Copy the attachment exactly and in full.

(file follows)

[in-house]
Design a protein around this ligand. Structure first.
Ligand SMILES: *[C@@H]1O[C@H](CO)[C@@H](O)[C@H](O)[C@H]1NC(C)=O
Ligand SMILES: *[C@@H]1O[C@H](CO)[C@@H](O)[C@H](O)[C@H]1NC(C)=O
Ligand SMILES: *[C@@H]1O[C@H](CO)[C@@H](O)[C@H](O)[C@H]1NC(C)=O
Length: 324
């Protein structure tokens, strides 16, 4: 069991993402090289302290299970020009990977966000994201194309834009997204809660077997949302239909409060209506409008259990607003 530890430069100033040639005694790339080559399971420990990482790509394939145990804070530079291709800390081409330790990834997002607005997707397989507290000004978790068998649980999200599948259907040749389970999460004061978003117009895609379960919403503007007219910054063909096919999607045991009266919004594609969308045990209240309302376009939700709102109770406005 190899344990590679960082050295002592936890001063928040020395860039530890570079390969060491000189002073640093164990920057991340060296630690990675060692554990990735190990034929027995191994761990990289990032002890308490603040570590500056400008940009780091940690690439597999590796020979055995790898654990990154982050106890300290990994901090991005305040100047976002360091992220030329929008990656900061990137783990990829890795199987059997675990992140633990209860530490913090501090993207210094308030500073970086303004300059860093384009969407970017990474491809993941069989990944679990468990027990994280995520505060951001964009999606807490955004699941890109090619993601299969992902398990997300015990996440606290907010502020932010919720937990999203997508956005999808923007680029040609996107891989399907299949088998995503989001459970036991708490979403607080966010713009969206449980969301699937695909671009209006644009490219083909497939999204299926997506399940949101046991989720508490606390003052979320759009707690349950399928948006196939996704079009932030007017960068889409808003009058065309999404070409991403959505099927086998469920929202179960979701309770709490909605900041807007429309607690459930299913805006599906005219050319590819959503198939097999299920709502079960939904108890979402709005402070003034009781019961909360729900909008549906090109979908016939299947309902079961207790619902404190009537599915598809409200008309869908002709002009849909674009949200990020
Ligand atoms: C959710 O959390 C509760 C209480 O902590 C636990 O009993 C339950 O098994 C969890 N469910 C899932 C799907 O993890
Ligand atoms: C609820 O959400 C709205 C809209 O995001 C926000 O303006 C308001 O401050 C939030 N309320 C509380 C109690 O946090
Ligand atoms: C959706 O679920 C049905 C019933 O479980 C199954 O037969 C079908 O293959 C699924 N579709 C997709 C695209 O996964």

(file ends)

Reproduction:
[in-house]
Design a protein around this ligand. Structure first.
Ligand SMILES: *[C@@H]1O[C@H](CO)[C@@H](O)[C@H](O)[C@H]1NC(C)=O
Ligand SMILES: *[C@@H]1O[C@H](CO)[C@@H](O)[C@H](O)[C@H]1NC(C)=O
Ligand SMILES: *[C@@H]1O[C@H](CO)[C@@H](O)[C@H](O)[C@H]1NC(C)=O
Length: 324
């Protein structure tokens, strides 16, 4: 069991993402090289302290299970020009990977966000994201194309834009997204809660077997949302239909409060209506409008259990607003 530890430069100033040639005694790339080559399971420990990482790509394939145990804070530079291709800390081409330790990834997002607005997707397989507290000004978790068998649980999200599948259907040749389970999460004061978003117009895609379960919403503007007219910054063909096919999607045991009266919004594609969308045990209240309302376009939700709102109770406005 190899344990590679960082050295002592936890001063928040020395860039530890570079390969060491000189002073640093164990920057991340060296630690990675060692554990990735190990034929027995191994761990990289990032002890308490603040570590500056400008940009780091940690690439597999590796020979055995790898654990990154982050106890300290990994901090991005305040100047976002360091992220030329929008990656900061990137783990990829890795199987059997675990992140633990209860530490913090501090993207210094308030500073970086303004300059860093384009969407970017990474491809993941069989990944679990468990027990994280995520505060951001964009999606807490955004699941890109090619993601299969992902398990997300015990996440606290907010502020932010919720937990999203997508956005999808923007680029040609996107891989399907299949088998995503989001459970036991708490979403607080966010713009969206449980969301699937695909671009209006644009490219083909497939999204299926997506399940949101046991989720508490606390003052979320759009707690349950399928948006196939996704079009932030007017960068889409808003009058065309999404070409991403959505099927086998469920929202179960979701309770709490909605900041807007429309607690459930299913805006599906005219050319590819959503198939097999299920709502079960939904108890979402709005402070003034009781019961909360729900909008549906090109979908016939299947309902079961207790619902404190009537599915598809409200008309869908002709002009849909674009949200990020
Ligand atoms: C959710 O959390 C509760 C209480 O902590 C636990 O009993 C339950 O098994 C969890 N469910 C899932 C799907 O993890
Ligand atoms: C609820 O959400 C709205 C809209 O995001 C926000 O303006 C308001 O401050 C939030 N309320 C509380 C109690 O946090
Ligand atoms: C959706 O679920 C049905 C019933 O479980 C199954 O037969 C079908 O293959 C699924 N579709 C997709 C695209 O996964």